excellent service both east and west.

W.\TER System

In 1856 the village council negotiated for a water supply, either by
logs or pipes, but nothing came of the pi^oposed system.

In 185!) the matter was again urged by Mayor Dibble as has been
noted and in 1860 experimeuts were made on artesian wells. However,
nothing was accomplished until 1872 when a system of wells was estab-
lished, thirty-three in number, located iu various parts of the city, from
which water was procured for fire protection.

Nothing, however, was done towards a water supply until 1888, when
the present system was inaugurated by private capital ; a pumping sta-
tion being erected, the Avater forced into a standpipe from whence it
found its way through mains to the various parts of the city.

In August, 1894, the company failed and was placed in the hands
of a receiver. In 1898 the entire plant was acquired by the city and is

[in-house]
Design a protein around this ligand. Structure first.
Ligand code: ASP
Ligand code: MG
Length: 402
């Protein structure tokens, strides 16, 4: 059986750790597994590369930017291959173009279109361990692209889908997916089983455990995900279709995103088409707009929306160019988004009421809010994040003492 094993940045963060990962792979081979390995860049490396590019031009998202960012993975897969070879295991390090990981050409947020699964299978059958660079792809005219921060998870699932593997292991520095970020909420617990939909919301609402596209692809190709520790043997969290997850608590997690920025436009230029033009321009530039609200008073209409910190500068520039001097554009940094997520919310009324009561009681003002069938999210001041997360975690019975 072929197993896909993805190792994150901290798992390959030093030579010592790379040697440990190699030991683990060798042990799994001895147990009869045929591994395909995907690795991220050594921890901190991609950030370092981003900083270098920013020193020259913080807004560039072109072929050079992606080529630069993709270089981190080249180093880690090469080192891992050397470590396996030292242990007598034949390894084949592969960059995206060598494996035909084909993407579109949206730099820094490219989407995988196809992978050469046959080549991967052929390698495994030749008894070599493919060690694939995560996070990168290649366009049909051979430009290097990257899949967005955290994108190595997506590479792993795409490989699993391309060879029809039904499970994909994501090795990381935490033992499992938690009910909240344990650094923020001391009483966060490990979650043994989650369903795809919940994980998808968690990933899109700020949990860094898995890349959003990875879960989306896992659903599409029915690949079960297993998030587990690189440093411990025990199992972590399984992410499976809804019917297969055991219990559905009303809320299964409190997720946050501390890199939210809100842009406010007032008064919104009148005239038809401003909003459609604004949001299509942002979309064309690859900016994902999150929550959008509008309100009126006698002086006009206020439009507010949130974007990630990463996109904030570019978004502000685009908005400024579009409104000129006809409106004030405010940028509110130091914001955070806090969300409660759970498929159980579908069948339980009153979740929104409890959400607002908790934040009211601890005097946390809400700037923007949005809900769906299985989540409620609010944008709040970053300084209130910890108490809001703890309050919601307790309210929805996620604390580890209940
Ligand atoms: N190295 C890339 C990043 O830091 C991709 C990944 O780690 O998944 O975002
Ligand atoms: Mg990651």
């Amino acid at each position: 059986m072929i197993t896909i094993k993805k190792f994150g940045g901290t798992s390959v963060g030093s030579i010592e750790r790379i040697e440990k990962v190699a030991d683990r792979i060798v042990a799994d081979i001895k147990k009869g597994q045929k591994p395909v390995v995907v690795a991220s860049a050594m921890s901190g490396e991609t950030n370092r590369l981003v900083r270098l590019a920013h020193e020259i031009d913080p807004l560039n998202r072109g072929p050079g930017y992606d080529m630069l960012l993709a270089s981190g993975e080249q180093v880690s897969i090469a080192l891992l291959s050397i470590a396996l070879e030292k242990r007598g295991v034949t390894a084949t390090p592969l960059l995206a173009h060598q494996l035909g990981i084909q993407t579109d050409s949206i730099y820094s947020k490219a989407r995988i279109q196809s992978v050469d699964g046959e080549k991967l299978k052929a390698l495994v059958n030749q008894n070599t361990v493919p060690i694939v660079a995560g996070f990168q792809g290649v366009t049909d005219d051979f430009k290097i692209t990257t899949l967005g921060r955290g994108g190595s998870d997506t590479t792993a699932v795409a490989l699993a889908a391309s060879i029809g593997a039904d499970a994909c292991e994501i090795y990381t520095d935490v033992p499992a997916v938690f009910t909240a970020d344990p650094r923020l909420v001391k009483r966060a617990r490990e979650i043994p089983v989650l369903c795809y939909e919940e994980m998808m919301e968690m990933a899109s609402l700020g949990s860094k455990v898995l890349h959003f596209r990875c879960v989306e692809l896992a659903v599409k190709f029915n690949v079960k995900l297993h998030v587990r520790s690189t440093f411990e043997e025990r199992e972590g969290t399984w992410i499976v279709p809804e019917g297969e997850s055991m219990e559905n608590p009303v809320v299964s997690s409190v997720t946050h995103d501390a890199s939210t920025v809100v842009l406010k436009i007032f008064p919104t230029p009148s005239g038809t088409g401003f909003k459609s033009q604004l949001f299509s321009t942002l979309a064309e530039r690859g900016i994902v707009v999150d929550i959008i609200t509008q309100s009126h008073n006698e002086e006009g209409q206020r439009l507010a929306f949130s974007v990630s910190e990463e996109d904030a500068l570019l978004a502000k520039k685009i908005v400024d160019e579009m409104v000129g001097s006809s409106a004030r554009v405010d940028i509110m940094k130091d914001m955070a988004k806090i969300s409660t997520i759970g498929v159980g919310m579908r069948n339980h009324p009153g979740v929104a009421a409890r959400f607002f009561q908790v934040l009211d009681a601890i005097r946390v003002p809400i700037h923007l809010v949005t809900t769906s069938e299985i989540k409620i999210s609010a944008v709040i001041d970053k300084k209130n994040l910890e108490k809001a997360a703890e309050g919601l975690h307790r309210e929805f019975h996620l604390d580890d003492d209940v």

now operated in an efficient manner as a municipal plant.

The water is procured from flowing wells and is of excellent quality,
furnishing the city with an inexhaustible supply of pure water for all
purposes. ]\Iains are being extended a.s demands retiuire.

The water works system of ^Marshall, together with the electric light-
ing and power plant, is managed by three commissioners appointed by
the mayor; they are termed "The Board of Commissioners of the Electric
Lighting and Water Works Department," and have full charge of the
conduct of the same. The.y employ a superintendent who has immediate
charge of both systems to which he devotes his entire time.

The annual report of the connuissioii under date of April 8, 1912,
covering a period of one year, from April 1, 1911, to April 1, 1912, as far
as it appertains to the water works system, is worthy of study, and the
essential features of the same are here given, and will prove of interest
to all interested iu the subject.